have been on the road lately, and on a recent trip - a family, along with their church family is dealing with the disappearance of an adult child. This adult child left a suicide note but no body was found, so there is still hope...(if you are that child...pls go home your parents love you).
Like with all lives tragedy, there are doubts and second guessing, could I have done better maybe I should not have been too strict or maybe I should not have been too hard, etc. In this case the family have such questions - they felt they were lax in some areas and too strict in other areas, hence the enemy is bringing condemnation.
It is abundantly clear in scripture, that God DOES NOT have grandchildren, although some "christians" call their spiritual family "grandpa" or "grandchild" - not biblical. One of the specified role of parents (biological, adopted or spiritual) is raising Godly offsprings - see Mal. 2: 15, that will grow up and be faithful and obedient to God.
There are stages to a child's development, my favorite book on this subject is "the Complete Book of Baby and Child Care" by Focus on the Family (other than the Bible - book of Proverbs). In this book, the stages of growth and development (all areas) are highlighted, and best practices (science) of how a parent should handle each stage is highlighted with strong strong Biblical Christianity Worldview.
It is amazing to know that when a child misses certain things at the different stages, it has a lasting effect on that child (except the Blood of Christ). I find the puberty stage (11-13 for girls and 12-14 for boys) very interesting, as that is the stage they start dissociating with us as parents, the prefer their peers (heading) - to me this is the first stage of separation or transition.
A wise parent would start teaching their children how to become adults from this stage, with some boundaries using both carrot and stick, depending on the nature of that child. It might amaze you to know that, each of your children will react to the same boundary differently - one might stay within your boundary without question, another might constantly try your boundary.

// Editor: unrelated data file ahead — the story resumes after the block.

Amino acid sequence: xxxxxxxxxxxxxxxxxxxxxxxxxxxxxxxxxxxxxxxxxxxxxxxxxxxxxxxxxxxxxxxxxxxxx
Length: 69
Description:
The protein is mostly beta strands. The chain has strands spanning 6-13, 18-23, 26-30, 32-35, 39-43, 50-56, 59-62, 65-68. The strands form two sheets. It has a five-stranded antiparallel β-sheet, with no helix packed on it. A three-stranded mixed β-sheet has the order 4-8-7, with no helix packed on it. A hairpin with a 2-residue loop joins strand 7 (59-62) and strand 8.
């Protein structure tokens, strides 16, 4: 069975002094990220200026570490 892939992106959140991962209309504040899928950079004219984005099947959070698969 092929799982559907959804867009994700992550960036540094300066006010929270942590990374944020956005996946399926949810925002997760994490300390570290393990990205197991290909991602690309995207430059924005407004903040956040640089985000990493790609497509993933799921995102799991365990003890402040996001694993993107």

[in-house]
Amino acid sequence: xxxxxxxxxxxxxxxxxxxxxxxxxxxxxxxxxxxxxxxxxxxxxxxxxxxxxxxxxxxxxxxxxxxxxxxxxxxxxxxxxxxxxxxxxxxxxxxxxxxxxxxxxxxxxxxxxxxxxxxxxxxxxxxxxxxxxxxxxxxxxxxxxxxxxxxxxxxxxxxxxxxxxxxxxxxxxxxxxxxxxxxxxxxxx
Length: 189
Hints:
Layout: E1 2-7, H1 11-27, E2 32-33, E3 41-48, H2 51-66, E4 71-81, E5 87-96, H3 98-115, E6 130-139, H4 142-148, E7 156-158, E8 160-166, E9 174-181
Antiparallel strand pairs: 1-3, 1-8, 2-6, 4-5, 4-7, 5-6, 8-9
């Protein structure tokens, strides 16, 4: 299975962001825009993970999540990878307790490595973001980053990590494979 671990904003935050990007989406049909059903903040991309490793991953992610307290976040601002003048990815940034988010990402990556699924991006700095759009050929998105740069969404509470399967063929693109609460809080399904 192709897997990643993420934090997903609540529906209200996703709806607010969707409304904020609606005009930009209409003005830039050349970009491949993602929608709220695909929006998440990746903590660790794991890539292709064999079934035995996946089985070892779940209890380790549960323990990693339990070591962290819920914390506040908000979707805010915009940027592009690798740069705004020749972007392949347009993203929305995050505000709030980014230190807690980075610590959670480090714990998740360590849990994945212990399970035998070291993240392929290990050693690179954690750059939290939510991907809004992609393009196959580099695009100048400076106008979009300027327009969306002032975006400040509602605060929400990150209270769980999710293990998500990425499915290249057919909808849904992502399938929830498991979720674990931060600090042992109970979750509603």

As they get into college (University) and/or leaving, our children should have the skill set needed to be adults, to pay bills, to make decisions, to function in public - relating to people etc. - it is important to note that in-spite of whatever we might have taught them (which is IMPORTANT), each child would still act based on his/her nature (so taking too much credit or blame is stupid).
Spiritually, there is an accountability age (when a child can understand the need to make a clear decision for Christ or reject it for a later date or never, some (denomination) believe and decide this by the age they allow a child to be baptized (most by age 10) and then there is the theological argument about mentally disabled children (I have no answer - but I trust God, and know He has answers).
Scientifically, the NIH (National Institute of Health) believe that the human brain is fully developed by age 25 (more studies is being done), it is also believed that the "hippocampus and amygdala" the storage units in the brain absorbs more between ages 8-12. So, basically an adult child of 25, should be able to stand on his or her own, with our role as parents (instructors) transitioned advisors.
While all of the above is known both from scripture and science, our nature, our culture and the nature of the child in question, makes transitioning from instructing to advising very difficult. Some children would naturally draw boundaries and do well, while others would not and keep coming back home, making it difficult for the parents to transition.
My wife (Ola) and I, having different nature (personalities) ourselves react to this transitioning differently and we are always talking about what that transition look like, how we cannot stifle them, at the same time develop a relationship that they trust our counsel (because it is godly and consistent with Truth).
It is my prayer today, that God will give us all wisdom (not regrets) as we transition from instructing to advising, it is also my prayer that in our love for our children we will not exasperate them rather they will tap into and build on the foundation of Christ - we set for them.
William Femi Awodele is the Executive Director of Christian Couples Fellowship International, Inc. and a Vice-Chair of Embrace the Heartland in Prayer (http://www.prayheartland.com)